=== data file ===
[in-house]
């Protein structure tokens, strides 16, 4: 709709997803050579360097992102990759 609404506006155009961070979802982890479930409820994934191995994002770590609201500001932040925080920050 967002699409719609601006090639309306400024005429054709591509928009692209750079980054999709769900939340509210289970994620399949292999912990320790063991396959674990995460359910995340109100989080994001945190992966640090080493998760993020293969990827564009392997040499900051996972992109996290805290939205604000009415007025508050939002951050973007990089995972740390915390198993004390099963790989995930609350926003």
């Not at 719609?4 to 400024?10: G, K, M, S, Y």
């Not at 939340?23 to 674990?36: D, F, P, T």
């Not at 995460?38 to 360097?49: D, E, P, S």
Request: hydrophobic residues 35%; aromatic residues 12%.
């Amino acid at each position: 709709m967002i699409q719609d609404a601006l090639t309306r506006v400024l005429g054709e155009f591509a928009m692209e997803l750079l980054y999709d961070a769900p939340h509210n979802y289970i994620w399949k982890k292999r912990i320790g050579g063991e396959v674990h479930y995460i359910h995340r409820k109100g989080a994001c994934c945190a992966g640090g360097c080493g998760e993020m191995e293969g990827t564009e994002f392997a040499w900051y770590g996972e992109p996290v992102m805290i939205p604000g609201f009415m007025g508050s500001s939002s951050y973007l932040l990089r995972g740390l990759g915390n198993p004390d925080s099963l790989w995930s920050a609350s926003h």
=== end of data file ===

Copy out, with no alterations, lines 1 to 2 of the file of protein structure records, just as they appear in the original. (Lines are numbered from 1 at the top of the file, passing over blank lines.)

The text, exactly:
[in-house]
């Protein structure tokens, strides 16, 4: 709709997803050579360097992102990759 609404506006155009961070979802982890479930409820994934191995994002770590609201500001932040925080920050 967002699409719609601006090639309306400024005429054709591509928009692209750079980054999709769900939340509210289970994620399949292999912990320790063991396959674990995460359910995340109100989080994001945190992966640090080493998760993020293969990827564009392997040499900051996972992109996290805290939205604000009415007025508050939002951050973007990089995972740390915390198993004390099963790989995930609350926003």